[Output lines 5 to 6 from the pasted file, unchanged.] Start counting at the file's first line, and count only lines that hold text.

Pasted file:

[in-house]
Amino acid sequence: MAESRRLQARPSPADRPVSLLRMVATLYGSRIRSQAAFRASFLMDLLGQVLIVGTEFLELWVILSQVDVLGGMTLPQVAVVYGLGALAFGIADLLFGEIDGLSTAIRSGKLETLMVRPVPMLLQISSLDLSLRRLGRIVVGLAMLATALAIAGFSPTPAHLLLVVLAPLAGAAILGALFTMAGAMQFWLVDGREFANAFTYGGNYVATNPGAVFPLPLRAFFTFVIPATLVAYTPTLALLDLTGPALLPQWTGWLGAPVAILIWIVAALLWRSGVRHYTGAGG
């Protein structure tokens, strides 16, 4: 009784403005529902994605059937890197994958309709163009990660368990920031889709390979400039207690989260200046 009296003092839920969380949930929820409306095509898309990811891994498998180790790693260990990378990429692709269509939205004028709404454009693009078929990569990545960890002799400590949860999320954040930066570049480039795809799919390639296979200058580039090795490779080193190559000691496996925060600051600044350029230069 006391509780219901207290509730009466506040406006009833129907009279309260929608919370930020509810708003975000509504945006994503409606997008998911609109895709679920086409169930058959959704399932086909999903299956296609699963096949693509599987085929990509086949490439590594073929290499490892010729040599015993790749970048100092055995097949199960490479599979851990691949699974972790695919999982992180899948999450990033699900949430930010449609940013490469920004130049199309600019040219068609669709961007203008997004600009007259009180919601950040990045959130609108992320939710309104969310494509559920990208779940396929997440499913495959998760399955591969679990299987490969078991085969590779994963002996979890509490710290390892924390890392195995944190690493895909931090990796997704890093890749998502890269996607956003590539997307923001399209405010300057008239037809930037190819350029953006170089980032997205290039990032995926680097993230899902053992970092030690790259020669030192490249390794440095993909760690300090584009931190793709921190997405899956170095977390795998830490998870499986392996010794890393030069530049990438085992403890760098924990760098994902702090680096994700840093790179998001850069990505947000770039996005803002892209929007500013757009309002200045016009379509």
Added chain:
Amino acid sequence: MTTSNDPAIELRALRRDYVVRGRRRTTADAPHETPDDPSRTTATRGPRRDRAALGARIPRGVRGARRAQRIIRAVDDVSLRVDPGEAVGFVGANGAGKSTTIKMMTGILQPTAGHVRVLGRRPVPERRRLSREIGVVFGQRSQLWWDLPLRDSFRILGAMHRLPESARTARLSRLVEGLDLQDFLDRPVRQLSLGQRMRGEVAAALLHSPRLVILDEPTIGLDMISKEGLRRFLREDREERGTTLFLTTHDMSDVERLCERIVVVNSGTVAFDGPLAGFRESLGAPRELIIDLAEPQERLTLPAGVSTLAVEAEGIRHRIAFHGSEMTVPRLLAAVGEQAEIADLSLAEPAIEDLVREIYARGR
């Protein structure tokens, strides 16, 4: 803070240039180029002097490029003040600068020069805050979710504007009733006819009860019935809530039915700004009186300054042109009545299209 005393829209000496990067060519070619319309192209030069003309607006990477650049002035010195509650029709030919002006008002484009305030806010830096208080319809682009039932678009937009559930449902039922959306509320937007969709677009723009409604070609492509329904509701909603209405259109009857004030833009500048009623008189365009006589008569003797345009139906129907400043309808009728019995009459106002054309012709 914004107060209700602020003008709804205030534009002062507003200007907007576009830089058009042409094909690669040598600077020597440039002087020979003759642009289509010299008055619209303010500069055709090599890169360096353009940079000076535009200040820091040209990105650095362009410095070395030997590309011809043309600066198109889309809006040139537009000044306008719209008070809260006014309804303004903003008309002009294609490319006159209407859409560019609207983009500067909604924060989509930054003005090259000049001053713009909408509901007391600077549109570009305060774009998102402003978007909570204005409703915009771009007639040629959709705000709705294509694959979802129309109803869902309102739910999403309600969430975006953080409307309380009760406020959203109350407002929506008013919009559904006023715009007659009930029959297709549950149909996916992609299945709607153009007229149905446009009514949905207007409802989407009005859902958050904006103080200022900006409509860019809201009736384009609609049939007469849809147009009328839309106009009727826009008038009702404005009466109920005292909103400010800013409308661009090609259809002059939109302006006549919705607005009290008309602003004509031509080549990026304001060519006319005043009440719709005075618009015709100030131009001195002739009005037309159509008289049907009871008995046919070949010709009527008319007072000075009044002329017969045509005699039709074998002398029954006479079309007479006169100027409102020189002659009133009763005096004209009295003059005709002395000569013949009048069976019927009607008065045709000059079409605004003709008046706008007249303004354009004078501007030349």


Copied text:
Amino acid sequence: MTTSNDPAIELRALRRDYVVRGRRRTTADAPHETPDDPSRTTATRGPRRDRAALGARIPRGVRGARRAQRIIRAVDDVSLRVDPGEAVGFVGANGAGKSTTIKMMTGILQPTAGHVRVLGRRPVPERRRLSREIGVVFGQRSQLWWDLPLRDSFRILGAMHRLPESARTARLSRLVEGLDLQDFLDRPVRQLSLGQRMRGEVAAALLHSPRLVILDEPTIGLDMISKEGLRRFLREDREERGTTLFLTTHDMSDVERLCERIVVVNSGTVAFDGPLAGFRESLGAPRELIIDLAEPQERLTLPAGVSTLAVEAEGIRHRIAFHGSEMTVPRLLAAVGEQAEIADLSLAEPAIEDLVREIYARGR
């Protein structure tokens, strides 16, 4: 803070240039180029002097490029003040600068020069805050979710504007009733006819009860019935809530039915700004009186300054042109009545299209 005393829209000496990067060519070619319309192209030069003309607006990477650049002035010195509650029709030919002006008002484009305030806010830096208080319809682009039932678009937009559930449902039922959306509320937007969709677009723009409604070609492509329904509701909603209405259109009857004030833009500048009623008189365009006589008569003797345009139906129907400043309808009728019995009459106002054309012709 914004107060209700602020003008709804205030534009002062507003200007907007576009830089058009042409094909690669040598600077020597440039002087020979003759642009289509010299008055619209303010500069055709090599890169360096353009940079000076535009200040820091040209990105650095362009410095070395030997590309011809043309600066198109889309809006040139537009000044306008719209008070809260006014309804303004903003008309002009294609490319006159209407859409560019609207983009500067909604924060989509930054003005090259000049001053713009909408509901007391600077549109570009305060774009998102402003978007909570204005409703915009771009007639040629959709705000709705294509694959979802129309109803869902309102739910999403309600969430975006953080409307309380009760406020959203109350407002929506008013919009559904006023715009007659009930029959297709549950149909996916992609299945709607153009007229149905446009009514949905207007409802989407009005859902958050904006103080200022900006409509860019809201009736384009609609049939007469849809147009009328839309106009009727826009008038009702404005009466109920005292909103400010800013409308661009090609259809002059939109302006006549919705607005009290008309602003004509031509080549990026304001060519006319005043009440719709005075618009015709100030131009001195002739009005037309159509008289049907009871008995046919070949010709009527008319007072000075009044002329017969045509005699039709074998002398029954006479079309007479006169100027409102020189002659009133009763005096004209009295003059005709002395000569013949009048069976019927009607008065045709000059079409605004003709008046706008007249303004354009004078501007030349």